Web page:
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Music Therapy: 8 Best Songs for ADHD Minds


The Benefits of Music Therapy

Music can work wonders on the ADHD brain, improving everything from language development toimpulse control. The following pieces of classical music were scientifically tested and found to help children concentrate and focus better. Think of these songs as background music — it doesn’t need to be loud for the benefits to shine through!

Ludwig van Beethoven: ‘Emperor Concerto for Piano, No. 5’

Listening to this complex and beautiful Beethoven concerto, you’ll understand why classical music is often compared to intricate Gothic architecture. The patterns, details, and mathematical structure of pieces like Beethoven’s build all portions of your child’s brain simultaneously — advancing speech and language skills, motor tracking, and more.

Wolfgang Amadeus Mozart: ‘Symphony No. 40 in G Minor’

Mozart’s music is often used in the “Tomatis Method” of music therapy. It uses filtered versions of Mozart pieces — like this classical symphony — to stimulate the inner ear. By retraining the muscles in the ear, it strengthens auditory and motor functions, which can be helpful for children with learning issues, auditory problems, or even autism.

Johann Sebastian Bach: ‘Brandenburg Concertos’

Listening to these famous concertos by Bach has been shown to change the electromagnetic frequencies of the brain to 7.5 cycles per second, which is referred to as the “Alpha Mode,” or the Schumann Resonance. When your child’s brain is in “Alpha Mode,” he’llfocus, concentrate, and learn better.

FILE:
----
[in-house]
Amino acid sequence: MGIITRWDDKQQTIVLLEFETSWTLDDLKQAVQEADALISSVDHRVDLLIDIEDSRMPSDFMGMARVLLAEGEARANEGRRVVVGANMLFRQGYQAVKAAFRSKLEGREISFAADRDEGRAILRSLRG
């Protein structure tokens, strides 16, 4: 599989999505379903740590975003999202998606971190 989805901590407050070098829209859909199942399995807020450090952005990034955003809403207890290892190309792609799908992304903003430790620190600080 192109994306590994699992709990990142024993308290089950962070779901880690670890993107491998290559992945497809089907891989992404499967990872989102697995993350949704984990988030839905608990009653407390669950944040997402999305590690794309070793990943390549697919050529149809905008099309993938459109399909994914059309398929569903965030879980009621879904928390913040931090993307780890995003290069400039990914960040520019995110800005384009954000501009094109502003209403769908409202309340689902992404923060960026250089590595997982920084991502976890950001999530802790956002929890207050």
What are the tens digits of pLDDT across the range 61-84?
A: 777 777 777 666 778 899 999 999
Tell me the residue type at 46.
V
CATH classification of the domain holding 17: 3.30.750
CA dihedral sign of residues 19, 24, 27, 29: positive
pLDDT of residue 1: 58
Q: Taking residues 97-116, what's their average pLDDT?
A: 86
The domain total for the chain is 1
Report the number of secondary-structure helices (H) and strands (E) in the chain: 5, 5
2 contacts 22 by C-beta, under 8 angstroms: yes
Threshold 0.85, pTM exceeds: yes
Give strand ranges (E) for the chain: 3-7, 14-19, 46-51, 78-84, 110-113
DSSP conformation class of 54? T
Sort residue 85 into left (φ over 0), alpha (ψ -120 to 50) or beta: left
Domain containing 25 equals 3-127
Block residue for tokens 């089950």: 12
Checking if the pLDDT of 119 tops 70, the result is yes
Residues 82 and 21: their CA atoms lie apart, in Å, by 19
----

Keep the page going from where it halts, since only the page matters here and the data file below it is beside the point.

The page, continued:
George Frideric Handel: ‘Water Music’

Handel’s music is also great for getting brains into Alpha Mode, and this collection is a fun place to start. Since it takes about 20 minutes for the brain to change to this mode, this hour-long collection should be started before your childstarts her homework — you won’t have to change the music once she settles in!

Johannes Brahms: ‘Concerto for Violin, D Major’

Anyone who has heard this jaunty number by Brahms knows that it’s anything but calm — in fact, it’s quite lively! When your child’s brain goes into Alpha Mode, his body may appear relaxed, but his mind is still alert and picking up every note. This allows him to focus his energy effectively and get some of his best ideas — without getting distracted by his fidgeting body.

Antonio Vivaldi: ‘The Four Seasons’

This set of violin concertos by Vivaldi was used extensively by Dr. Donald Shetler, who was the first person to look at how listening to music in utero affected a baby’s speech and language development. He found that children who listened to classical music in the womb — for just 20 minutes a day — had stronger memories, more developed speech patterns, and greater clarity.

Peter Ilyich Tchaikovsky: ‘Concerto for Piano No. 1’

Tchaikovsky’s 1879 piece is one of the best known of all piano concertos. Playing the piano — or any instrument, really — is a vital part of music therapy for children. Learning an instrument improves concentration, memory, and spatial reasoning skills — particularly for children with ADHD or LD. In these kids, it’s also been shown to improve impulse control, reading comprehension, and working memory.

Johann Pachelbel: ‘Canon in D’

If your child struggles to get to sleep every night, classical music can help with that, too. Check out this classic Pachelbel tune — it’s very meditative, and can help soothe overactive minds after a long day. If your child still has trouble, try adding in some ocean sounds — the repetitive sound of the waves, combined with the music, can work wonders.

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